Happy birthday, Byron, 221 years old today! I’m blogging about him on Delle Jacobs‘ In Search of Heroes blog today (or possibly later today, as Blogger has been a bad boy–doubtless in Byron’s honor–and Delle and I are three hours apart), so come on over and visit.
It’s also the birthday of my dad, the Old Man who is not a Tree, who is a mere 98 years old. He was born the year the Titanic sank. He remembers traveling alone on a train when he was very small, and being given chocolate by soldiers on their way to the front in World War One. I’m sorry I don’t have a digital image of him.
A few weeks ago, at the beginning of the new year, we talked about various things we intended to do this year, and one of the big issues that a lot of us were interested in was how to put the joy back in writing. I suspect that this could cover several posts, but I’ll get the ball rolling here. And not only writing–this could apply to any sort of creative endeavor, something to which you’ve made a commitment but which now seems stale.
Let me get personal on you here. When I first started writing, it was an amazing experience. I’d come home from work and produce a few thousand words every evening, more on the weekends–I wrote 14k words one weekend. I’m not saying they were good words, but they were prolific and they were there, and that’s half the battle. I dreamed and daydreamed about my characters. I wrote whole scenes in my head and typed them up, word for word. My subconscious kicked in at the drop of a hat. I developed a sort of ritual of placing my fingertips on the keyboard and breathing. Then I wrote and wrote. My mantra at the time was just do it (not very original, but it worked).
Smugly, I acknowledged that I wasn’t one of those writers–the ones who were always complaining about having to write and doing anything–housework, even–to avoid writing.
And then I became one of those writers. What happened?
Part of the problem (don’t kill me, please) was getting published. For one thing, it’s really easy to get all tied up in the niceties of marketing and promotion. If you want to get some perspective on this, read this article by Julie Ann Long on the Tao of Publishing, based on the presentation she and her agent made at nationals in San Francisco last year. I realized fairly recently (duh) that the success of your book (in print publishing, at least) is determined by your print run, a number chosen by your publisher and completely outside your control. Unless you’re one of the rare exceptions and your book takes off, with or without your efforts, leading to multiple print runs, you won’t make the bestseller lists.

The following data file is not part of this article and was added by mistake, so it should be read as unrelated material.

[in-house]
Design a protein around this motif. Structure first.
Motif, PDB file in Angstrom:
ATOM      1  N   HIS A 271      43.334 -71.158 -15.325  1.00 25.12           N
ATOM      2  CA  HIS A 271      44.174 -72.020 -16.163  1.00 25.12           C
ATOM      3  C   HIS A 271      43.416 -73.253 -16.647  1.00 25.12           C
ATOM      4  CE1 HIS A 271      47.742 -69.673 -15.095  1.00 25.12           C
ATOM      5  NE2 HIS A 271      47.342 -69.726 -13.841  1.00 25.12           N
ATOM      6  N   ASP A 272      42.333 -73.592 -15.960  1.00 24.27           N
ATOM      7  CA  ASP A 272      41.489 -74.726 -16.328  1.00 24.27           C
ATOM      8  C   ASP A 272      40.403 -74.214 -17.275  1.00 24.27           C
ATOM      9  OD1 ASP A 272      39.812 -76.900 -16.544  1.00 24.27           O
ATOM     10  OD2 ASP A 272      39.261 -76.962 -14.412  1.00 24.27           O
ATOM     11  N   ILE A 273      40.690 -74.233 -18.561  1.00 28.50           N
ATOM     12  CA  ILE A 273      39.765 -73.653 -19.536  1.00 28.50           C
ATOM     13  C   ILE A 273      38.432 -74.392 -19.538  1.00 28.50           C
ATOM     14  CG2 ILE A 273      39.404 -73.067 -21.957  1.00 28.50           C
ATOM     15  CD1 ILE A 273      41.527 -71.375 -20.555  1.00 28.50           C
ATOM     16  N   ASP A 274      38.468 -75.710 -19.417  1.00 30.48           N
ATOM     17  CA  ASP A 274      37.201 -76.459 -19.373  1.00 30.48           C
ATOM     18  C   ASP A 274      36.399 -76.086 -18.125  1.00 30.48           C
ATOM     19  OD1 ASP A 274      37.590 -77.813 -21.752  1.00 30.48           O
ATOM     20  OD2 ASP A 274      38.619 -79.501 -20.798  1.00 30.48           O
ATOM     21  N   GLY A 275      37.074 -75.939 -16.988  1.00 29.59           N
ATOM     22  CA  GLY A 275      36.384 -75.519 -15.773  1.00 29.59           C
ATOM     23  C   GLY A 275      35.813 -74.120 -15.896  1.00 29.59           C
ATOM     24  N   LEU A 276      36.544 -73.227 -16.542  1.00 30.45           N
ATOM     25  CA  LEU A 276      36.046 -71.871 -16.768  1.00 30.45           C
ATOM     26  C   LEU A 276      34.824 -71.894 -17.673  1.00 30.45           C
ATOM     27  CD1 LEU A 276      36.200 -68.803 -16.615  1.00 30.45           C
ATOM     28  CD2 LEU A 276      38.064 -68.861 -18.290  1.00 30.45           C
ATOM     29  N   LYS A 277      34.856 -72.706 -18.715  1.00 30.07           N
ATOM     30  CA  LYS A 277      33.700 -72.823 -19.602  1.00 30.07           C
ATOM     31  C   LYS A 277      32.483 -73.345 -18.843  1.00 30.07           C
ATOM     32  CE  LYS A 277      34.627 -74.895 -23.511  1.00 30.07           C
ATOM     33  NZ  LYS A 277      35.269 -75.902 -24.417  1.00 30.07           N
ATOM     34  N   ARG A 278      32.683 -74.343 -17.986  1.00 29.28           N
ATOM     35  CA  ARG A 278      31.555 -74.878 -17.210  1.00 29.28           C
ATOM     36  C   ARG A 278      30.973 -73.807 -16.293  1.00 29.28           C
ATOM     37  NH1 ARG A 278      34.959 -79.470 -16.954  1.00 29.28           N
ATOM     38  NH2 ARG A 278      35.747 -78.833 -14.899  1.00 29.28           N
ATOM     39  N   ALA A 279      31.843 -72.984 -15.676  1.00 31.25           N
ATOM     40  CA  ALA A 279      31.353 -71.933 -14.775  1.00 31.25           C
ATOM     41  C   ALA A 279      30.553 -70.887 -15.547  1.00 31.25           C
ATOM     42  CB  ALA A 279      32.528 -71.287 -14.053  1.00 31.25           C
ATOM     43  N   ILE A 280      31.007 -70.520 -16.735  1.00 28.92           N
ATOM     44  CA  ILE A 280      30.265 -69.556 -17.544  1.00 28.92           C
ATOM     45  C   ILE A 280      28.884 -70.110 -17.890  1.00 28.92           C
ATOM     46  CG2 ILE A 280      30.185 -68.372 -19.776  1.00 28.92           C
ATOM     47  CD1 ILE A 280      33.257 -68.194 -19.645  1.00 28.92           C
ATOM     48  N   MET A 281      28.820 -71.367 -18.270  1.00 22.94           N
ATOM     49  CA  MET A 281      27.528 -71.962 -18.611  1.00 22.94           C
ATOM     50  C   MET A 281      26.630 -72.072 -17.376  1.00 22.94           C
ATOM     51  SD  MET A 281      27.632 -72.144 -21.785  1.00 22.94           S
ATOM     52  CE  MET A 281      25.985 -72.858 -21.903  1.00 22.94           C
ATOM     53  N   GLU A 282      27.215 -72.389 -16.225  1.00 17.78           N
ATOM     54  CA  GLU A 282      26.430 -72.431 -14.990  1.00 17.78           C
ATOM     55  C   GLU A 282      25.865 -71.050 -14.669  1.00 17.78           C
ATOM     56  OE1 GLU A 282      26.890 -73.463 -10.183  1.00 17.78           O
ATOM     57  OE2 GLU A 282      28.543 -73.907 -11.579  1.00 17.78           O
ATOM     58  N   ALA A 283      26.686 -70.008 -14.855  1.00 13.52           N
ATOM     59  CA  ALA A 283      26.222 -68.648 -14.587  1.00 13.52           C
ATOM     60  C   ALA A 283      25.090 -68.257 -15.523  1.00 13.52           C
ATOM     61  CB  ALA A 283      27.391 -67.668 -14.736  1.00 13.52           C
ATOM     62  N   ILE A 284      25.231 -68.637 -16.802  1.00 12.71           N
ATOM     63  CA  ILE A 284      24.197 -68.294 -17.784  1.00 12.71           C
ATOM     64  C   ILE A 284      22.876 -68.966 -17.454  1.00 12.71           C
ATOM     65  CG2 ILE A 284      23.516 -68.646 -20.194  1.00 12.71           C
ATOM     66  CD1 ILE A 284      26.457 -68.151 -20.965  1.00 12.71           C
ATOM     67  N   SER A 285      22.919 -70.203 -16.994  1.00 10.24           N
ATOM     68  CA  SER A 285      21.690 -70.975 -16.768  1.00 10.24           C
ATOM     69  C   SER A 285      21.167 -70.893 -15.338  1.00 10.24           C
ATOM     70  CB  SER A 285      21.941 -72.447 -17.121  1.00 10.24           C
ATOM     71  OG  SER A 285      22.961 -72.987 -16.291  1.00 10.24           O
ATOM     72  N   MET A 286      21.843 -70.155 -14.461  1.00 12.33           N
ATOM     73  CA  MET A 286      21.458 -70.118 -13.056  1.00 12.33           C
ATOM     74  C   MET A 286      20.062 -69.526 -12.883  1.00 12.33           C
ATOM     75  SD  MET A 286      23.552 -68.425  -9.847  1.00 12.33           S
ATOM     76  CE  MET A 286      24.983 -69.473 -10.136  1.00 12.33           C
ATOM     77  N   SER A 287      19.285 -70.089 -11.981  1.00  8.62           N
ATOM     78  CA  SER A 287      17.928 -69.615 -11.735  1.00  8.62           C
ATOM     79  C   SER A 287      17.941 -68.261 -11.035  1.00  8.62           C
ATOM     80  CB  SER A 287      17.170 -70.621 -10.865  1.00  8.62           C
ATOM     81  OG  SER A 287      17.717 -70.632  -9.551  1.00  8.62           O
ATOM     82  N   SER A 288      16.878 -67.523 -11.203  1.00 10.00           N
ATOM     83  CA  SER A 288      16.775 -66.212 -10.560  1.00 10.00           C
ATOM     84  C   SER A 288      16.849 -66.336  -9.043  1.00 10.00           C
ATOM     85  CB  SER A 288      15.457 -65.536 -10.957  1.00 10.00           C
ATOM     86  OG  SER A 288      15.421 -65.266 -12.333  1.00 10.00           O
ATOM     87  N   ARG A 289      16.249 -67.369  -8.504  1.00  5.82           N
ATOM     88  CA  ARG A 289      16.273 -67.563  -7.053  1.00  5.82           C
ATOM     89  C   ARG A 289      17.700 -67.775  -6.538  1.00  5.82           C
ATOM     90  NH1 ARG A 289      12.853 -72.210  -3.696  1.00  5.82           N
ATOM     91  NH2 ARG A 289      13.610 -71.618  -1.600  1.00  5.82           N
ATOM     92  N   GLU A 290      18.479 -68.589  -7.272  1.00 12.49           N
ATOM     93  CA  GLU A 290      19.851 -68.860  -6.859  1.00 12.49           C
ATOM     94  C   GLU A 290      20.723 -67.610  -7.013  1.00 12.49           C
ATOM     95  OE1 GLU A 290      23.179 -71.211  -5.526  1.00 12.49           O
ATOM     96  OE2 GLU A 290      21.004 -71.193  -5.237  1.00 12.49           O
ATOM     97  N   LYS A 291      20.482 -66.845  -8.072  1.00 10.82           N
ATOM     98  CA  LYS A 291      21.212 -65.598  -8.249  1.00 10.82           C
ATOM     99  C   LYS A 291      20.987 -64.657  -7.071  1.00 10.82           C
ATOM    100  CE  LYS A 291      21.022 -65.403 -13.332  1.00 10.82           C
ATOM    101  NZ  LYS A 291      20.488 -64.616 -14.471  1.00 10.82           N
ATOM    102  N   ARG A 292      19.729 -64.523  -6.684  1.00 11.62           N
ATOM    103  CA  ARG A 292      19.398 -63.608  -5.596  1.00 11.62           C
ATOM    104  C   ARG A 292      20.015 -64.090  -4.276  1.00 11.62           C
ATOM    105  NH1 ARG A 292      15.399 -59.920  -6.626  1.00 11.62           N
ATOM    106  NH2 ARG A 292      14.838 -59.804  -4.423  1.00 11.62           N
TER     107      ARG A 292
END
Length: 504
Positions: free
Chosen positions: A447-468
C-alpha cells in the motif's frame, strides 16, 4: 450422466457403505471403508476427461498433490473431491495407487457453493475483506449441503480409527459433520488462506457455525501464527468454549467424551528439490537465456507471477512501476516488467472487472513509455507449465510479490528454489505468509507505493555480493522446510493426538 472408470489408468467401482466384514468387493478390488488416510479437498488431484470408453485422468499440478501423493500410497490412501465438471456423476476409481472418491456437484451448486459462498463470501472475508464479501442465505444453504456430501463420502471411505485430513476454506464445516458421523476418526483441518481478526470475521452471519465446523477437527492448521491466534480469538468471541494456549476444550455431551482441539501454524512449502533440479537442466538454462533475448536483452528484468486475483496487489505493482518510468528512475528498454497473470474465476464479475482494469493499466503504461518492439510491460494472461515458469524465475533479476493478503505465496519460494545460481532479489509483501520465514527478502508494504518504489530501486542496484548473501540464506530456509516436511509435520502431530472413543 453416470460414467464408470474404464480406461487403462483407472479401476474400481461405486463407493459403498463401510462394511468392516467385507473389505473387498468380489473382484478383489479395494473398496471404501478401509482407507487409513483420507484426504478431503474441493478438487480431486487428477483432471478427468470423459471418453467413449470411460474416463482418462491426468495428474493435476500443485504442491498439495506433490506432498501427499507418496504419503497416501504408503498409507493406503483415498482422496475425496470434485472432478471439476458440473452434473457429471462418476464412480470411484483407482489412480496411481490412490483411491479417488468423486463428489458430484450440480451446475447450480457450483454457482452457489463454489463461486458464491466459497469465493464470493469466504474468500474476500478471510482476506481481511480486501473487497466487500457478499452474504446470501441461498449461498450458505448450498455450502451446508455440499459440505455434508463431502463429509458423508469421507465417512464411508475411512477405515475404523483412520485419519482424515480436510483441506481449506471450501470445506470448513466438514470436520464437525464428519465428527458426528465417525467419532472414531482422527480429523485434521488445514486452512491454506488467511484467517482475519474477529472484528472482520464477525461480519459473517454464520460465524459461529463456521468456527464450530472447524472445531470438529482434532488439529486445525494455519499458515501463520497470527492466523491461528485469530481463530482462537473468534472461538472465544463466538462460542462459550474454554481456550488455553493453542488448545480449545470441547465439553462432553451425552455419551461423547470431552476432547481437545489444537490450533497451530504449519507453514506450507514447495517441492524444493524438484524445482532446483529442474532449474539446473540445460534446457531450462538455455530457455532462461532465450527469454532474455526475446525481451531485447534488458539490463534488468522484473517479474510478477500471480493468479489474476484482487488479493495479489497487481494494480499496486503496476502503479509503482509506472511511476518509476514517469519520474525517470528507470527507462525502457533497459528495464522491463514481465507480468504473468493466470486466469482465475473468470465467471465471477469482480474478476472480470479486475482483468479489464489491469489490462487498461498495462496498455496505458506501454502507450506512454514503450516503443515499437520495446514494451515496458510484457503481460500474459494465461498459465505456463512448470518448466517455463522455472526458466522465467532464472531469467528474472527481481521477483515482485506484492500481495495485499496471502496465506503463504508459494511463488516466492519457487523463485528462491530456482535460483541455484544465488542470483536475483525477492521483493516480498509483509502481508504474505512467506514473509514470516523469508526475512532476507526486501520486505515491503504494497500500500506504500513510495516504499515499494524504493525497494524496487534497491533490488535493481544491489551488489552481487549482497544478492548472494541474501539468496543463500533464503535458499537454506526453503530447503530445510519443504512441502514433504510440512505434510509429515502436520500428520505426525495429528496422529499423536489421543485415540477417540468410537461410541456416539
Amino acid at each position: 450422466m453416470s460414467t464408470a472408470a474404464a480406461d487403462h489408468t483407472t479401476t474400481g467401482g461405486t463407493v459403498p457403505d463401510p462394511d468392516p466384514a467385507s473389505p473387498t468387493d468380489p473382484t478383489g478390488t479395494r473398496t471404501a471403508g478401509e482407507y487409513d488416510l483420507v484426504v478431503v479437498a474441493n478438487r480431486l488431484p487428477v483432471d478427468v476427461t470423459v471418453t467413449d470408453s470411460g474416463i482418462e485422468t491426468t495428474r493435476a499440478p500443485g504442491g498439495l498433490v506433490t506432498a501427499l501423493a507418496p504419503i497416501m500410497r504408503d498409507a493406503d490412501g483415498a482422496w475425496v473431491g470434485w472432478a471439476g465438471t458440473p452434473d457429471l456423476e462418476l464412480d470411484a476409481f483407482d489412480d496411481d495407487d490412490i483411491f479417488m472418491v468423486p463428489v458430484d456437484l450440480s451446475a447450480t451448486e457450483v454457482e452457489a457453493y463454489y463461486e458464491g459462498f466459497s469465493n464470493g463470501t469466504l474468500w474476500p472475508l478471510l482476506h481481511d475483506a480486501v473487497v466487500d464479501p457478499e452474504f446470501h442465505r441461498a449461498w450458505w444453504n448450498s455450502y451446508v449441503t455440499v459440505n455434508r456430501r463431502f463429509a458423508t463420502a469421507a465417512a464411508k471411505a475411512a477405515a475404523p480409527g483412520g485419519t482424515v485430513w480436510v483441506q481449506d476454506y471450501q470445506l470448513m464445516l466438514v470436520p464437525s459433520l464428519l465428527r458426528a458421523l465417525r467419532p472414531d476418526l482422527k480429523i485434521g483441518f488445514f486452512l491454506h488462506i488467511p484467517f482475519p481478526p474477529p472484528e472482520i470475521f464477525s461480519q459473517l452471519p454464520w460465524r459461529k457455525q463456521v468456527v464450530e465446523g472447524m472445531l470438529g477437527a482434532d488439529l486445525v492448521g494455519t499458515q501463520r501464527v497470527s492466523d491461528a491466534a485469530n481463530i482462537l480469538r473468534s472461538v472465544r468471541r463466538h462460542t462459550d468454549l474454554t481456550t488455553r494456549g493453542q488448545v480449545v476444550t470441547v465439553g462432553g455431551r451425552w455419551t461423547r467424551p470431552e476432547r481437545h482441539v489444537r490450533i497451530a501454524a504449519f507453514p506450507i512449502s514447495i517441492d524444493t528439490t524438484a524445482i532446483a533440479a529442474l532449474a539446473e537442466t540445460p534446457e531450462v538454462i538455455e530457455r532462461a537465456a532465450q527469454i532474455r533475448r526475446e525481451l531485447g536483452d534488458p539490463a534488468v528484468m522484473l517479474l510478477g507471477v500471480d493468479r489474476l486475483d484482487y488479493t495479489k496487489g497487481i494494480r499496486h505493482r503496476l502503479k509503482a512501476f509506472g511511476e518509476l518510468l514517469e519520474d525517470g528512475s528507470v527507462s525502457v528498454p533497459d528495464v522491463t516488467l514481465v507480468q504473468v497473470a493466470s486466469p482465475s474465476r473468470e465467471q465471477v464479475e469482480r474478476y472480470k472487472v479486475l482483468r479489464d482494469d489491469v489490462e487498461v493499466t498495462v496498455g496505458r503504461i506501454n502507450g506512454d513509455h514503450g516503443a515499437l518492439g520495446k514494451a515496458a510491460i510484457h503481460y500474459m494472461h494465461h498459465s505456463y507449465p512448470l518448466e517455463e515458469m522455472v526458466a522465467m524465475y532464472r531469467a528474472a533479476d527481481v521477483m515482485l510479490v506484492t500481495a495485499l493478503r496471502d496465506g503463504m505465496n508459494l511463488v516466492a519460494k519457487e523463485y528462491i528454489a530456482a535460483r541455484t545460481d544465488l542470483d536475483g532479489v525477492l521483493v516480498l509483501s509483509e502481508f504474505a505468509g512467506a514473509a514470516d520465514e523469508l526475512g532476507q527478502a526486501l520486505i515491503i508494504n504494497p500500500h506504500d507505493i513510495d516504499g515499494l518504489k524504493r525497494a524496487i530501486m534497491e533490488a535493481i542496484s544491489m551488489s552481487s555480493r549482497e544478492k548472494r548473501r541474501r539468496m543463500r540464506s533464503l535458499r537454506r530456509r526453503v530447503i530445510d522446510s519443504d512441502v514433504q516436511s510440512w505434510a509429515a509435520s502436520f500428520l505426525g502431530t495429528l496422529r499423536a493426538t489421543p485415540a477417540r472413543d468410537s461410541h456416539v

Also, once you’re published, you find yourself up against all sorts of expectations, or perceived expectations–those of your readers, your agent, your editor. You must keep writing about the Regency, you must write the same sort of books; yes, you may long to write about reindeer breeders in fifth century Lapland, but at the moment it’s just Not Hot, so write it in your spare time. (What spare time?! I’m too busy blogging, pricing promotional items online, googling myself, and handing out bookmarks to strangers!)
Also something from the past may come to bite you on the ass as we say in the Regency. In my case, it was something I heard all the time during my formative years: that if you enjoy doing something, you won’t like it if you do it as a job. This is in direct contrast to the mantra of the 1980s (and beyond?) that you should do something you love and the money will come.
I did my best to disprove the family theory by doing jobs that I did indeed love, but writing was a different matter, and I had to really struggle with this. One thing that helped was looking at the theory in perspective; this was the theory of my parents and their generation. At least three of them wanted to be professional musicians but found that circumstances–being the only one in the family with a job during the Great Depression, World War II–made it impossible for them to fulfil their dream. One of them was talked out of it by her jealous sister. And musicians generally have to grab the opportunity at a time when they’re at the peak of their physical dexterity and mental alertness; a year or two can make all the difference.
Whereas writers… well, I was a late bloomer. I’m not someone who wanted to be a writer all their life. I’m not making any great claims to mental alertness either, but it’s a different process.
And the bottom line–I refuse to accept this theory that was drummed into me along with other dubious advice from my family. I will trust my instincts (a good rule for writing too).
That helped, and strangely enough, just writing–just doing it–helps. I finished my revisions for A Most Lamentable Comedy (August, 2009), and that helped me get back into the swing. I’m started a new partial, and that’s always fun, by participating in a BIAW (book in a week) with my local chapter. My agent told me she liked my idea for my next Little Black Dress book (I posted a short excerpt last week). Oh, and I got an advance check, and that always cheers me up, even if I’ve spent it several times already. I’ve decided early what I’m going to do for promotion in August so I can concentrate on writing now.
So yes, you can put the joy back in. I feel it’s presumptious to give advice to people without contracts, but I will say that now is when you can get really good at writing; hone your voice; play around with different conventions and historical periods. Have fun. Build inventory, because you may be the one who introduces romance’s next trend, hot love among the reindeer herds in fifth century Lapland. Determine to have fun throughout the process. Rejections–and I get a lot, honestly, still–are an evolutionary process to find the house and agent who are right for you and your style.
So what do you think?